Heartstopper follows characters Nick Nelson (Kit Connor) and Charlie Spring (Joe Locke) navigating all aspects of teenage life including romantic relationships and sexuality. The new eight-part Netflix smash hit is based on the graphic novel series of the same name by Alice Oseman.
Due to the show's depiction of LGBTQ+ romance in adolescents, many of those within the community are praising its presence and positive but truthful depiction of growing up within the LGBTQ+ community. TV critic Scott Bryan took to Twitter to explain his feelings about Heartstopper: “It is a show I needed 20 years ago. Back then, I looked to television to make me feel valued and seen. This show will do that for so many people right now and as a result, my heart beats with pride”. Within the thread he went on to say “Never underestimate television in how it helps others feel represented and understood. If Heartstopper was out when I was 14, it simply would have made my life better”.
Talking about the positive representation of the show, Heartstopper star Joe Locke told The Guardian “it’s wonderful, because for so long queer people have had to read and listen to stories of which the only thing that happens is hardship. And it’s important we change that narrative – we need queer stories with happiness at the forefront, too. It’s a way to change realities in the real world.”
Whilst the show aims to represent LGBTQ+ life in a positive light, it also tackles prejudice and inequality. Throughout the show we see how Charlie is bullied for his sexual orientation whilst Elle (Yasmin Finley) is moved to another school due to being transgender and we hear how some of her previous teachers refused to accept this.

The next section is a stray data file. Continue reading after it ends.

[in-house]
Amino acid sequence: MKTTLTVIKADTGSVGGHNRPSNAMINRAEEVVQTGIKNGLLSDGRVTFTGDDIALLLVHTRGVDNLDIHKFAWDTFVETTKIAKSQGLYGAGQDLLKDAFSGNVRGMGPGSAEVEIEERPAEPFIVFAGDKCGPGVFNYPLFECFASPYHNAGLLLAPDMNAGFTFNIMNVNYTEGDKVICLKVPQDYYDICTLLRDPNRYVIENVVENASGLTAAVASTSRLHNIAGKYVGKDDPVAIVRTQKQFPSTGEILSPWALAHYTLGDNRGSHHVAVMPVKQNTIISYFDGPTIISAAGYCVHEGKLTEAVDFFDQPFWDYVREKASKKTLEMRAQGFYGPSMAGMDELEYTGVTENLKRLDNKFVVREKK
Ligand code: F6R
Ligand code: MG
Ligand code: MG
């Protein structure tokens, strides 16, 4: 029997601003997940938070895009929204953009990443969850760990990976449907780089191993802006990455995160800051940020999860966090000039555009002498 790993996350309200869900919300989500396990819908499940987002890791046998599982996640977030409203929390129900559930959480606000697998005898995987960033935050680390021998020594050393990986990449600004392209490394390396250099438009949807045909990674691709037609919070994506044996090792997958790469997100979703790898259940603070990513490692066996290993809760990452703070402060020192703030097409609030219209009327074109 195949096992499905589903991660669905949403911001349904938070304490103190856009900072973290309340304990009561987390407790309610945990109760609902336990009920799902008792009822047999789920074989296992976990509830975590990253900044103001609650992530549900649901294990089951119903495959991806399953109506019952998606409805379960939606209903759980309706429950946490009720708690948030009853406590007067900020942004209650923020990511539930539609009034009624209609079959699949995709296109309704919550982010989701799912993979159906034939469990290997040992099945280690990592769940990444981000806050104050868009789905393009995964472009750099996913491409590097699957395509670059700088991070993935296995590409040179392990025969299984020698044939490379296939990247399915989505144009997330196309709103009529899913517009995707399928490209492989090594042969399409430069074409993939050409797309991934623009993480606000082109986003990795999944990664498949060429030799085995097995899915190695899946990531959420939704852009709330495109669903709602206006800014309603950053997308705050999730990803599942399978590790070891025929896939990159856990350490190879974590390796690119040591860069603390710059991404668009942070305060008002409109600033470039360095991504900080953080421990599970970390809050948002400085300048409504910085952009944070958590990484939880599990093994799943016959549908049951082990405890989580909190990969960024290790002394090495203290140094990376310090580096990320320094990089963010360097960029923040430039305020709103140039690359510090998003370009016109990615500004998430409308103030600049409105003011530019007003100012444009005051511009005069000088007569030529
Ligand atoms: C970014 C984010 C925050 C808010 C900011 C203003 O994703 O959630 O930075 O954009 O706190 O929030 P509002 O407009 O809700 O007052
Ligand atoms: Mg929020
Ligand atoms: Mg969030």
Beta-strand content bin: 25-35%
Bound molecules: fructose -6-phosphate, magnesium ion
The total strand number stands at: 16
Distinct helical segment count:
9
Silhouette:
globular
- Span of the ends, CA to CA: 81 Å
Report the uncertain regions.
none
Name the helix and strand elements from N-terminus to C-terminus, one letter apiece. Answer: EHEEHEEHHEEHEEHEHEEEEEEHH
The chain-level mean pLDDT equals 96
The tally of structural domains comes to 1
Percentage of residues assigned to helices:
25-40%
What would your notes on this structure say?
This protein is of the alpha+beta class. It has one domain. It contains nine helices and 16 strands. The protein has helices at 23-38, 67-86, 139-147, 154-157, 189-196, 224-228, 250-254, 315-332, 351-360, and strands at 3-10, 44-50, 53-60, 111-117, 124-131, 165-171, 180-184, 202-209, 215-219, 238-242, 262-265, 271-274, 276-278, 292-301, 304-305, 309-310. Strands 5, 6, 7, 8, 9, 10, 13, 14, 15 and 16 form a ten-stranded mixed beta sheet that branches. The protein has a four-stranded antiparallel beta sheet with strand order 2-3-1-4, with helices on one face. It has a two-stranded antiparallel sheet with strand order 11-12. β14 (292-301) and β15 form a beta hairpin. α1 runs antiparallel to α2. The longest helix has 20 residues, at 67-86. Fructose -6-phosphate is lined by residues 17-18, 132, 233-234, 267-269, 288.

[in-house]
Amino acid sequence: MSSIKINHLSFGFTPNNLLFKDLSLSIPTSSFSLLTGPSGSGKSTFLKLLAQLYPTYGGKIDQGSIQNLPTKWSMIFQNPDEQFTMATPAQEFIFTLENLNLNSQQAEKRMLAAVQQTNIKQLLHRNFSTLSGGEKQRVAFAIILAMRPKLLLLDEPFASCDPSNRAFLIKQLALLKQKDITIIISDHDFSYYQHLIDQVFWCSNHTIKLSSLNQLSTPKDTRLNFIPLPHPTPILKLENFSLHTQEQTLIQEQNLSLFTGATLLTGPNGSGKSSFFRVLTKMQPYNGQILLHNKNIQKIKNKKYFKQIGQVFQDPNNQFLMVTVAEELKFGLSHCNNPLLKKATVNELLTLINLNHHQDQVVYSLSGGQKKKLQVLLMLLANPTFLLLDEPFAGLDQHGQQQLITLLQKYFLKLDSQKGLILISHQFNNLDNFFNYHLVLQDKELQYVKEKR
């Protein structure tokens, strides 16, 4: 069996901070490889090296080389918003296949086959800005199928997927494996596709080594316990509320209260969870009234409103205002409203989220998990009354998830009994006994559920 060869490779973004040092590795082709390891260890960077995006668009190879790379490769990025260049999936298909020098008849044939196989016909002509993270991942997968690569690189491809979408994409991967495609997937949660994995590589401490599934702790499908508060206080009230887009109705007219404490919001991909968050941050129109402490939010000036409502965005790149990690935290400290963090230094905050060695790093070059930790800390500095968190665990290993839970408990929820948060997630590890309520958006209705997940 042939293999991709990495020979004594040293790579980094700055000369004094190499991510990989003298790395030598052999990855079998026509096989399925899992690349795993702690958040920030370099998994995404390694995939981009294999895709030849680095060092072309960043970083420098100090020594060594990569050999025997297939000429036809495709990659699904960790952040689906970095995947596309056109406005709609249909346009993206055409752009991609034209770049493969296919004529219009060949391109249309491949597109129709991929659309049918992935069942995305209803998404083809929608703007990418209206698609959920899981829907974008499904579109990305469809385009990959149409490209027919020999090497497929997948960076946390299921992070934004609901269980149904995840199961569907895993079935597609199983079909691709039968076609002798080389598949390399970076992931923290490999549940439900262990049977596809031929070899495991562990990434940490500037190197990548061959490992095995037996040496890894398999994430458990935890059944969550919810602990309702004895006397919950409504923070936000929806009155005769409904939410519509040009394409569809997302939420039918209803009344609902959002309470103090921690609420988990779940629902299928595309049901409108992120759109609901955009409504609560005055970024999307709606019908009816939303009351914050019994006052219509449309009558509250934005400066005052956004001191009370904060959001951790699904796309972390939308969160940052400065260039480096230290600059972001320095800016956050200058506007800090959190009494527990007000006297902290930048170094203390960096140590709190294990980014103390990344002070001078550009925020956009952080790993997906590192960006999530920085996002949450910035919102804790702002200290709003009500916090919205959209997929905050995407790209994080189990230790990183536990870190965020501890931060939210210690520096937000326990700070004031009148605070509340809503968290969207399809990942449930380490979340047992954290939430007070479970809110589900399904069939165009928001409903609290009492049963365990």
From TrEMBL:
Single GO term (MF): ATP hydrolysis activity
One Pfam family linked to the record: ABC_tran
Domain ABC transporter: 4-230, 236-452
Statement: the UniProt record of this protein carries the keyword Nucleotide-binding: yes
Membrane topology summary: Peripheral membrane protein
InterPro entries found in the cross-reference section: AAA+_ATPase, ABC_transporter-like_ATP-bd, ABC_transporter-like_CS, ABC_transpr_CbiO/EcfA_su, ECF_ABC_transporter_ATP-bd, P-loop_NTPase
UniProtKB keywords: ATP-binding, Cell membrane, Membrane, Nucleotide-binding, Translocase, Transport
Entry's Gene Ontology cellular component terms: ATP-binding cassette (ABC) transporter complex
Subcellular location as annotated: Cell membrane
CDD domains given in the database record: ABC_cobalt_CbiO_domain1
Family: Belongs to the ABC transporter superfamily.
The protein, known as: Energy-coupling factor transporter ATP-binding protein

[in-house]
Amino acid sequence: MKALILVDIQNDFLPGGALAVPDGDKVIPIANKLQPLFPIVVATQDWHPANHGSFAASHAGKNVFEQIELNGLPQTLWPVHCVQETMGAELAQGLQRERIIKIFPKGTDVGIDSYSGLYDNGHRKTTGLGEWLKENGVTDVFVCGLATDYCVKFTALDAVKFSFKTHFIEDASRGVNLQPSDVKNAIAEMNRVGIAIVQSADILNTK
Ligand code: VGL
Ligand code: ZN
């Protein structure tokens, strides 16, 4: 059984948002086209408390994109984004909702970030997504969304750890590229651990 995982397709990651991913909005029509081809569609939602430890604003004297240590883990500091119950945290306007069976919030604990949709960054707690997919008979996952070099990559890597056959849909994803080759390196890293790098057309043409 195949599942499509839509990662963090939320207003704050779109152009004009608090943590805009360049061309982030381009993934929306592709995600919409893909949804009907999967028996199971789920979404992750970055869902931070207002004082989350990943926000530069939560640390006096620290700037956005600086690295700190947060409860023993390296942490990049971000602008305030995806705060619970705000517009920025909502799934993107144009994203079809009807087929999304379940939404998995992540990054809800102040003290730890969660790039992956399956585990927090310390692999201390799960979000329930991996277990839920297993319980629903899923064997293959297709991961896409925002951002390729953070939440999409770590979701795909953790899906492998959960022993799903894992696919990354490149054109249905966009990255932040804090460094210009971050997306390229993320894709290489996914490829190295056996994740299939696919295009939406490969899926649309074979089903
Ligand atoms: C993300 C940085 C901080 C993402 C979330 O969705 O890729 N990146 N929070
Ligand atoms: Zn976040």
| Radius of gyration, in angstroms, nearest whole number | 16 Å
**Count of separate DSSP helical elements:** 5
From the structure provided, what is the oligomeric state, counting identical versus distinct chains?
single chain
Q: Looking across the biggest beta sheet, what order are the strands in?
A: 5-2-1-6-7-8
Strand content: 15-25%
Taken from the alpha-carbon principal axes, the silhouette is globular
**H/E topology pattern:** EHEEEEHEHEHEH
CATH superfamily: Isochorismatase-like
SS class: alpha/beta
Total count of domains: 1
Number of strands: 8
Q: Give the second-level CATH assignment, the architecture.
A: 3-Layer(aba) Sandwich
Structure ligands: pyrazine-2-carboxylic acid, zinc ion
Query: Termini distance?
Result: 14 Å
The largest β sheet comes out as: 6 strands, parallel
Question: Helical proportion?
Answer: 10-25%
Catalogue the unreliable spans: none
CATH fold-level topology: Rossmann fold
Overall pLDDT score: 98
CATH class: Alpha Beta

Self-confessed superfan Linda, expressed to Voice about why she feels this representation is long overdue. “Heartstopper is bright and at times complex but uplifting, bringing together a broad cast of characters who are all in different places in their emotional journeys with their own unique identities. Just as we are in real life!”. They then acknowledged how the representation seeks to normalise LGBTQ+ lives. “Having queer, gay and trans representation on a show that so carefully moves around the gay narrative is brilliant. It normalises our existence and our experience”.
Heartstopper has been a huge success for Netflix, showcasing the demand for LGBTQ+ representation in the media. With a further two series confirmed, its impact can only increase, helping to give the younger generations safe space on their screens.